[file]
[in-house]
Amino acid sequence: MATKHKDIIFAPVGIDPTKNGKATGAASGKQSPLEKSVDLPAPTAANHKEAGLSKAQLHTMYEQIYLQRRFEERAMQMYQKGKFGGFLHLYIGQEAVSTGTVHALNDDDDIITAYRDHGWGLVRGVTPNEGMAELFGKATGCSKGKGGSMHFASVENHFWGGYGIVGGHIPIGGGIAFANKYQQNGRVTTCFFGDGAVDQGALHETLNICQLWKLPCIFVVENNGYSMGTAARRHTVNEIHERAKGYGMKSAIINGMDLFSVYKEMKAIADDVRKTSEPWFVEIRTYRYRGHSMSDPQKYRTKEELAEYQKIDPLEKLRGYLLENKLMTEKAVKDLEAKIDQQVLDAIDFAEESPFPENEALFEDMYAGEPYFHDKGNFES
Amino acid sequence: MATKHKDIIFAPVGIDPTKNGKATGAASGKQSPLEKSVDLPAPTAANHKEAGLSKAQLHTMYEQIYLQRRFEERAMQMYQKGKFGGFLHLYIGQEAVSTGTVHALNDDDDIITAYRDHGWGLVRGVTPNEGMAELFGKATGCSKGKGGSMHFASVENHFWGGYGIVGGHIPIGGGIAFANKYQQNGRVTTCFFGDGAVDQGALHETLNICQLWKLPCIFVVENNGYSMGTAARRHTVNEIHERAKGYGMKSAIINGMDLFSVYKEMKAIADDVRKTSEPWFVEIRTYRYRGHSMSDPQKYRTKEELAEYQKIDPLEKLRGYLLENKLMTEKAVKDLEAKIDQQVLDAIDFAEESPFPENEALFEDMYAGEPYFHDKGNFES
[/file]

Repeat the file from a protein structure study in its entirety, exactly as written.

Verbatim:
[in-house]
Amino acid sequence: MATKHKDIIFAPVGIDPTKNGKATGAASGKQSPLEKSVDLPAPTAANHKEAGLSKAQLHTMYEQIYLQRRFEERAMQMYQKGKFGGFLHLYIGQEAVSTGTVHALNDDDDIITAYRDHGWGLVRGVTPNEGMAELFGKATGCSKGKGGSMHFASVENHFWGGYGIVGGHIPIGGGIAFANKYQQNGRVTTCFFGDGAVDQGALHETLNICQLWKLPCIFVVENNGYSMGTAARRHTVNEIHERAKGYGMKSAIINGMDLFSVYKEMKAIADDVRKTSEPWFVEIRTYRYRGHSMSDPQKYRTKEELAEYQKIDPLEKLRGYLLENKLMTEKAVKDLEAKIDQQVLDAIDFAEESPFPENEALFEDMYAGEPYFHDKGNFES
Amino acid sequence: MATKHKDIIFAPVGIDPTKNGKATGAASGKQSPLEKSVDLPAPTAANHKEAGLSKAQLHTMYEQIYLQRRFEERAMQMYQKGKFGGFLHLYIGQEAVSTGTVHALNDDDDIITAYRDHGWGLVRGVTPNEGMAELFGKATGCSKGKGGSMHFASVENHFWGGYGIVGGHIPIGGGIAFANKYQQNGRVTTCFFGDGAVDQGALHETLNICQLWKLPCIFVVENNGYSMGTAARRHTVNEIHERAKGYGMKSAIINGMDLFSVYKEMKAIADDVRKTSEPWFVEIRTYRYRGHSMSDPQKYRTKEELAEYQKIDPLEKLRGYLLENKLMTEKAVKDLEAKIDQQVLDAIDFAEESPFPENEALFEDMYAGEPYFHDKGNFES